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Davion Mitchell brings tenacity to Baylor D

Davion Mitchell brings tenacity to Baylor D

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Georgia is clearly on Davion Mitchell’s mind.

Atlanta will be college basketball’s epicenter on the first weekend of April, and Mitchell wants to be there to play in the Final Four at Mercedes-Benz Stadium.

He grew up in Hinesville, a town of 33,000 near Georgia’s Atlantic coast, and can just imagine the excitement his family and friends will feel if No. 1 Baylor caps its remarkable season with its first Final Four berth in 70 years.

For a team that has been ranked No. 1 four straight weeks and is riding a school-record 21-game winning streak, it’s a realistic goal.

“Oh yeah, we talk about it,” Mitchell said. “We talk about it all the time. Even in the summertime when we ended our workouts, we used to say ‘1-2-3 Atlanta.’ We definitely can win the national championship.”

If the Bears reach the Final Four, it will be because Mitchell played a major role.

As Baylor’s starting point guard, Mitchell ignites the offense with his sharp passing skills, strong-willed drives to the basket and an outside shooting touch that has grown more accurate as the season has progressed.

With his strength and quickness, the 6-2, 195-pound Mitchell might be the best defensive point guard in the country. He’s a relentless defender who often frustrates opposing guards and ultimately wrecks teams’ offensive plans.

“He’s always hawking the ball the minute they get past midcourt and he starts applying ball pressure and it’s contagious,” said Baylor forward Freddie Gillespie. “I’ve seen dudes almost tap out because he’s relentless. He just doesn’t get tired. He doesn’t mind guarding the ball for the whole possession.”

Because of premier defensive players like Mitchell, Mark Vital and Gillespie, the Bears are tied for fourth nationally in scoring defense by allowing 58.3 points per game.

In Monday’s game in Austin, Texas had a shot to hand the Bears their first Big 12 loss as they struggled to score consistently. But the Longhorns couldn’t rally because Mitchell and his teammates kept throwing up road blocks to the basket.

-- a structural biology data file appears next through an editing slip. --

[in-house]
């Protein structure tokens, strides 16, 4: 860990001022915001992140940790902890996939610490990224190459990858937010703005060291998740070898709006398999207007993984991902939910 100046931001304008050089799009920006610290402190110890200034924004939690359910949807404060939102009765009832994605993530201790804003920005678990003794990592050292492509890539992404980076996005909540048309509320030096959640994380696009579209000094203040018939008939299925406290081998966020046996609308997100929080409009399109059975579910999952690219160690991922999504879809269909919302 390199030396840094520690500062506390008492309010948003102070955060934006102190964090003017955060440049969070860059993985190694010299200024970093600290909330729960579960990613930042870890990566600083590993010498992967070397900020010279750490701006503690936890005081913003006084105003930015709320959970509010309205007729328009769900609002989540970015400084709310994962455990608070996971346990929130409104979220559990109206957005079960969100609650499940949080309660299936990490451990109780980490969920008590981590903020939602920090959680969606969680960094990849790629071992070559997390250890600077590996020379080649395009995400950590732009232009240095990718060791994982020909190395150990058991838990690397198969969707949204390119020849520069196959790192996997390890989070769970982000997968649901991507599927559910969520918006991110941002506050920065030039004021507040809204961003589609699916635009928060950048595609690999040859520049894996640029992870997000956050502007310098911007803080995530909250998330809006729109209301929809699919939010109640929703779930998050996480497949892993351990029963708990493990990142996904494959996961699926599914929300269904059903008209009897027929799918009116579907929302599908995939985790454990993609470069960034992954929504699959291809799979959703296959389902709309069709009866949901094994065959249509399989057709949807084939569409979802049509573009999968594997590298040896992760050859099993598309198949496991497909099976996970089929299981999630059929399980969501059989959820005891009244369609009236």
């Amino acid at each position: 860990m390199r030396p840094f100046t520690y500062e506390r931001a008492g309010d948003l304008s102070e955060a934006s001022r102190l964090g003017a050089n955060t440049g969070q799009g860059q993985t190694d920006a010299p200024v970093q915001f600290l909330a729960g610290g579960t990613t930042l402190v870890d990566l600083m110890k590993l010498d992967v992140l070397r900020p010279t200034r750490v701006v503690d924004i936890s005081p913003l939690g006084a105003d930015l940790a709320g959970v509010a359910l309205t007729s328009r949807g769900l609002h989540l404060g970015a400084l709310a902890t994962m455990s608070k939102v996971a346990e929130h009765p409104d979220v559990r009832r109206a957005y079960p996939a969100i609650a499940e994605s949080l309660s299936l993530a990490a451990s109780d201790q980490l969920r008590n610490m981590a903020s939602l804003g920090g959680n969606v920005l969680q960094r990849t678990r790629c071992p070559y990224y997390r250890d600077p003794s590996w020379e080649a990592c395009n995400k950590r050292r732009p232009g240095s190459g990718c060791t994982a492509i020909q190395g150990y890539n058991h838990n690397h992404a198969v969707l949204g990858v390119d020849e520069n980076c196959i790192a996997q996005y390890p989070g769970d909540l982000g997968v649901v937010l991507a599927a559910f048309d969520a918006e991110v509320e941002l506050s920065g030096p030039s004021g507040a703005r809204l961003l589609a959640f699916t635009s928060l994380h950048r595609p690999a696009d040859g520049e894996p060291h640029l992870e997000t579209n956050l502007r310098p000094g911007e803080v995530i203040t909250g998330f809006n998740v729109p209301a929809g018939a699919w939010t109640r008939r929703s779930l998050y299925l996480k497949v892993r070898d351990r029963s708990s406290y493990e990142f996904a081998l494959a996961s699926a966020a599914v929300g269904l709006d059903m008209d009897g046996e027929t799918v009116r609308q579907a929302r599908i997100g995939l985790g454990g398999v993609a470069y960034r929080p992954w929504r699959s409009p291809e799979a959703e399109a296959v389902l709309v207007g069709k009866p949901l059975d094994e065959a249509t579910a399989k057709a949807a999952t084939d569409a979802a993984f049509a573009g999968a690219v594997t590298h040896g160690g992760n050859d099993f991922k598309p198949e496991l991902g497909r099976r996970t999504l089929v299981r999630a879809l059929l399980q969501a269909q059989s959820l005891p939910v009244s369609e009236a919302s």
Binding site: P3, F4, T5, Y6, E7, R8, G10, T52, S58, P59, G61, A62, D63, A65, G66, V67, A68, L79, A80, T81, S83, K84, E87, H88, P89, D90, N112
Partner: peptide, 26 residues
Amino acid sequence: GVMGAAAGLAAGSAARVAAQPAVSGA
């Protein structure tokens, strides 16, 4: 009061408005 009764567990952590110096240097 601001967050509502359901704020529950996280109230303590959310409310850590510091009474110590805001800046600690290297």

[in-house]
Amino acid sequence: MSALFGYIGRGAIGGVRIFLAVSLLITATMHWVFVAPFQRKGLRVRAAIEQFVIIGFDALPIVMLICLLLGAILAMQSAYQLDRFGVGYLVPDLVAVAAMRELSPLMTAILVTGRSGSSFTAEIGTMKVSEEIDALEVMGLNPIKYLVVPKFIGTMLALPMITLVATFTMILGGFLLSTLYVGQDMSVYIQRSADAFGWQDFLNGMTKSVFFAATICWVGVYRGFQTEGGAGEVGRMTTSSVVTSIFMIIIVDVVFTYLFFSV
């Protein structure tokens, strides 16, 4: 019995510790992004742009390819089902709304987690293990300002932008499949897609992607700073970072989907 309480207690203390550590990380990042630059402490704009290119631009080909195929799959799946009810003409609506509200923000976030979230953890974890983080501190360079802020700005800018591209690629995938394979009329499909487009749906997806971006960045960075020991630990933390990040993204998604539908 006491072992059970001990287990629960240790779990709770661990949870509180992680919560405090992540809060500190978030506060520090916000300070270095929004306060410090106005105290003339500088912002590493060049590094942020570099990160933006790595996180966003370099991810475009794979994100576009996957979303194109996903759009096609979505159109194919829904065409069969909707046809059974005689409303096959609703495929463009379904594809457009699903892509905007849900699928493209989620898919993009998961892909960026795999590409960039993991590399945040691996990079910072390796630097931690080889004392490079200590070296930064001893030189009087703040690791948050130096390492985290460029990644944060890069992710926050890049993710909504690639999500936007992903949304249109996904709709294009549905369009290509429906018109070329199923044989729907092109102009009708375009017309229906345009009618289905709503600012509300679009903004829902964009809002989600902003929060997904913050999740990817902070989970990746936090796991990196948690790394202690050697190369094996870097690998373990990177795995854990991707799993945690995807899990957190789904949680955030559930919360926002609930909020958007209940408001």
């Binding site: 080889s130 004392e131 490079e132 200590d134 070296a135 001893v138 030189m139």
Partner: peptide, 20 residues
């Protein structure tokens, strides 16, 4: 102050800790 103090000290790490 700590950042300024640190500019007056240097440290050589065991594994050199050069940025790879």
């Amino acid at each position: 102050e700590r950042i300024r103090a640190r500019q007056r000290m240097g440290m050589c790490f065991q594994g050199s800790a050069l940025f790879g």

Baylor pulled out a 52-45 win to stay unbeaten in the Big 12 at 11-0. The Longhorns scored their fewest points at the Frank Erwin Center in 37 years.

“The thing that’s best about them is Mitchell and Vital,” said Texas coach Shaka Smart. “Those guys are elite college basketball defenders and they have such a physicality about them. We got in the bonus relatively early in the second half and we’re telling our guys to drive, be aggressive, draw fouls. And Mitchell wasn’t having it. We wanted to drive on some of their other guys, but he found a way to just keep getting to the basketball.”

Scott Drew has coached several terrific defensive point guards at Baylor like Tweety Carter and A.J. Walton. But finding a guard with Mitchell’s combination of strength, quickness and desire to play lockdown defense is rare.

“Davion by the time he leaves Baylor has the chance to be the best,” Drew said. “He’s really developed into a great on-ball defender and he really prides himself on that. First of all, it’s his athleticism and then it’s his strength. He’s got a mental toughness and a desire to play defense. A lot of times he’s been back in transition defense, and plays that are normally layups or dunks he’s able to get deflections or charges or steals. He’s a one-man wrecking crew at times.”

Of course, Mitchell takes a lot of pride in his defense and knows he must set the tone with his aggressive play at the perimeter. It all comes down to energy and effort, and the third-year sophomore always seems to dig down deep and draw more from himself as the game progresses.

“I’ve always been one of the guys who would guard the best player, even when I was young,” Mitchell said. “I just try to make it hard for them. There are a lot of great point guards in the Big 12 and a lot of great players. I try to throw something at them that they’ve never seen before, that they don’t see every night.”

When Baylor’s other guards see Mitchell work so tirelessly to stop opposing guards, they want to join the pressure party. Following Mitchell’s example, Jared Butler, MaCio Teague and Devonte Bandoo have become solid defenders.

“He brings a sense of toughness,” Butler said. “He brings energy. He brings a lot of things you want on your team. He’s up front and making the guard panic and scramble and running offense from the halfcourt line. He’s a great teammate for sure.”

Offensively, Mitchell has become more effective as the season has unfolded. He’s averaging 9.8 points and a team-high 3.4 assists while shooting 32.9 percent from 3-point range. In Big 12 play, Mitchell has improved his 3-point percentage to 38.2.

Like all of his Baylor teammates, Mitchell plays unselfishly with the primary goal of distributing the ball to the player with the most open look at the basket.